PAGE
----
If you’ve been living under a rock, you may not have heard that Blade Runner 2049 opens in theaters this week. This is a sequel to the original Blade Runner from 1982. It stars Ryan Gosling, Harrison Ford, and Ana de Armas.
Blade Runner 2049 (2017) Thirty years after the events of the first film, a new blade runner, LAPD Officer K (Ryan Gosling), unearths a long-buried secret that has the potential to plunge what’s left of society into chaos. K’s discovery leads him on a quest to find Rick Deckard (Harrison Ford), a former LAPD blade runner who has been missing for 30 years. rottentomatoes.com
Before you read the reviews Blade Runner 2049, you should definitely watch the trailer, as it’s fantastic and beautiful.
Blade Runner 2049 Trailer
Are you drooling yet?
Is Blade Runner 2049 Good?
The initial reviews are looking incredible for Blade Runner 2049!
Here’s a roundup from the early reviews:
Critics Consensus: Visually stunning and narratively satisfying, Blade Runner 2049 deepens and expands its predecessor’s story while standing as an impressive filmmaking achievement in its own right. – 94% – rottentomatoes.com
Mid-90’s on Rotten Tomatoes for a sequel is amazing!
‘Blade Runner 2049’ review: Ryan Gosling, Harrison Ford
“Blade Runner 2049” boasts such an enticing assortment of elements it’s frustrating that they aren’t assembled into a movie that fully delivers on its promise. Yet despite Ryan Gosling, a striking visual template and Harrison Ford reprising the role he played in the 1982 sci-fi classic, glitches mar this undeniably ambitious but drawn-out exercise. cnn.com
CNN says that Blade Runner 2049 is flawed, but goes on to give it a high rating.
Does Blade Runner 2049 top the original?
Denis Villeneuve’s shrewdly calculated sequel, Blade Runner 2049, tries hard to evade that tricky problem, with a busy, distracting surface that cloaks an enduring theme about humanity.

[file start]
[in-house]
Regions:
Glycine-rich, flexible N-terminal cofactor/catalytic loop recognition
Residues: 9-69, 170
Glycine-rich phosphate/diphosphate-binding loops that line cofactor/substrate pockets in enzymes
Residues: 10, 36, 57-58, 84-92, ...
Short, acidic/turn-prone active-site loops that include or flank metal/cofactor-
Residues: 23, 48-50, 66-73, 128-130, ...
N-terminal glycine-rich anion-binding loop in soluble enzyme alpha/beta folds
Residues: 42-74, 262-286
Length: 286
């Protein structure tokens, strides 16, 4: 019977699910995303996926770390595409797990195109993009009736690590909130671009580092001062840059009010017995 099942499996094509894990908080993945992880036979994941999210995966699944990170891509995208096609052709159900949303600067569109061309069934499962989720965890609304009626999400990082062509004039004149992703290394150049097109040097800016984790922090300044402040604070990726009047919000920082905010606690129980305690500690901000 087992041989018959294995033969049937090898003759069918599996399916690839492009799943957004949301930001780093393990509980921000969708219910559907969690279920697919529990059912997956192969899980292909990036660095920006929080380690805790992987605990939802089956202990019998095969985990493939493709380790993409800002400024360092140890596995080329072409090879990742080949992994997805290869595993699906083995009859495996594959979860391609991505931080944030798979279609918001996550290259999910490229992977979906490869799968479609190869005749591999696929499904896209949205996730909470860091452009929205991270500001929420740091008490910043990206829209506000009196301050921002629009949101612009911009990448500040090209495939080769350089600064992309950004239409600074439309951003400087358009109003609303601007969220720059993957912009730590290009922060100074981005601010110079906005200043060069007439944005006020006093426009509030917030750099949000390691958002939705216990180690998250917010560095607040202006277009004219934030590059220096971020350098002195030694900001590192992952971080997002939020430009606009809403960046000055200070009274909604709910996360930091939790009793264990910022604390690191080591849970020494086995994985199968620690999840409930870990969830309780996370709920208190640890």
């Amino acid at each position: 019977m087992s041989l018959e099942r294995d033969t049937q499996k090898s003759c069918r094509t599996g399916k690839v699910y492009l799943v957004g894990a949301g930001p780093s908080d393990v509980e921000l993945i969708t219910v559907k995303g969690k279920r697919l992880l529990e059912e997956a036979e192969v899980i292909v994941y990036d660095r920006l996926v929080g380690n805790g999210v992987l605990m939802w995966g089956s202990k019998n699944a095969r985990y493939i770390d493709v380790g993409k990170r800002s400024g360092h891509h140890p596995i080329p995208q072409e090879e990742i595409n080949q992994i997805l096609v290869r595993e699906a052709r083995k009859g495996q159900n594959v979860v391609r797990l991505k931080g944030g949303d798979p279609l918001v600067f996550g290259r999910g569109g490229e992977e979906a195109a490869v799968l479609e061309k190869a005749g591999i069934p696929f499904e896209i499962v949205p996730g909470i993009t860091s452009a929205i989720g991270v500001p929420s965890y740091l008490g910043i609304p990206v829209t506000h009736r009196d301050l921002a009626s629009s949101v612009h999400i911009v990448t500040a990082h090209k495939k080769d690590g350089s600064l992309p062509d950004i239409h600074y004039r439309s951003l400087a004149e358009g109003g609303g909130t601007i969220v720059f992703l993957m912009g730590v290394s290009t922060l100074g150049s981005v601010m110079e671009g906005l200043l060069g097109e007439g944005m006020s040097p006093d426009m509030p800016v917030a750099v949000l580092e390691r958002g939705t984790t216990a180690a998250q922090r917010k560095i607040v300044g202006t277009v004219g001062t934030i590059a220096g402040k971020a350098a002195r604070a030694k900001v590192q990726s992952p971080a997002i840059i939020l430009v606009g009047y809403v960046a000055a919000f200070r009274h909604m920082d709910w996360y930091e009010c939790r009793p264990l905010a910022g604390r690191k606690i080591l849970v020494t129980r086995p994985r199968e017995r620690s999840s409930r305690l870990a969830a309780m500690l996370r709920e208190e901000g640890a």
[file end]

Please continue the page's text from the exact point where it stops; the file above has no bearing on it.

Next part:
The action is set in a sci-fi dystopia. Instead of focusing on the technology that led to that mess – a backstory seeps in, involving famine and a catastrophic data-destroying blackout – the film takes an issue planted in the original movie and makes it the sequel’s central, resonant mystery. Do memories make us human? If not, what does?
The film makes very few actual missteps, but they exist. Jared Leto, wearing milky contacts as a blind genius and corporate tycoon who solved the food crisis, is pallid on screen, a stylised cliché. The music, by Benjamin Wallfisch and Hans Zimmer, can be intrusive, and is especially cloying at a moment when K makes an important discovery. bbc.com
BBC does a lot of comparing of it to the original Blade Runner, but gives it props for its overall quality.
Ryan Gosling Keeps the Dream of Electric Sheep Alive
No cynical cash-grab or by-the-numbers repeat, this is a sequel that manages to go deeper on the ideas offered by the first film. “2049” isn’t here to answer the first film’s questions about the differences between the natural and the artificial, or the membrane that separates the two concepts, or who gets to make that distinction, but it does take those questions to an even more thoughtful place. In a future dystopia where the outdoor world is always bleak — those off-world colonies remain the place to be — nature only seems glorious when presented as a simulacrum.
Here’s hoping modern audiences take to the new “Blade Runner” with more enthusiasm than they did in 1982, because this sequel proves that this world merits repeat visits. sfgate.com
And finally, Chris Stuckmann, the second biggest movie reviewer on YouTube gives Blade Runner 2049 his highest score, an “A+”
One thing I didn’t realize was that the original Blade Runner was out in 4k format. Stuckmann mentions that it’s the best 4k restoration of any older film. I found Blade Runner The Final Cut 4k on Amazon and even though it’s a bit pricey, I think I just might have to pick it up!
Have you seen it? What did you think?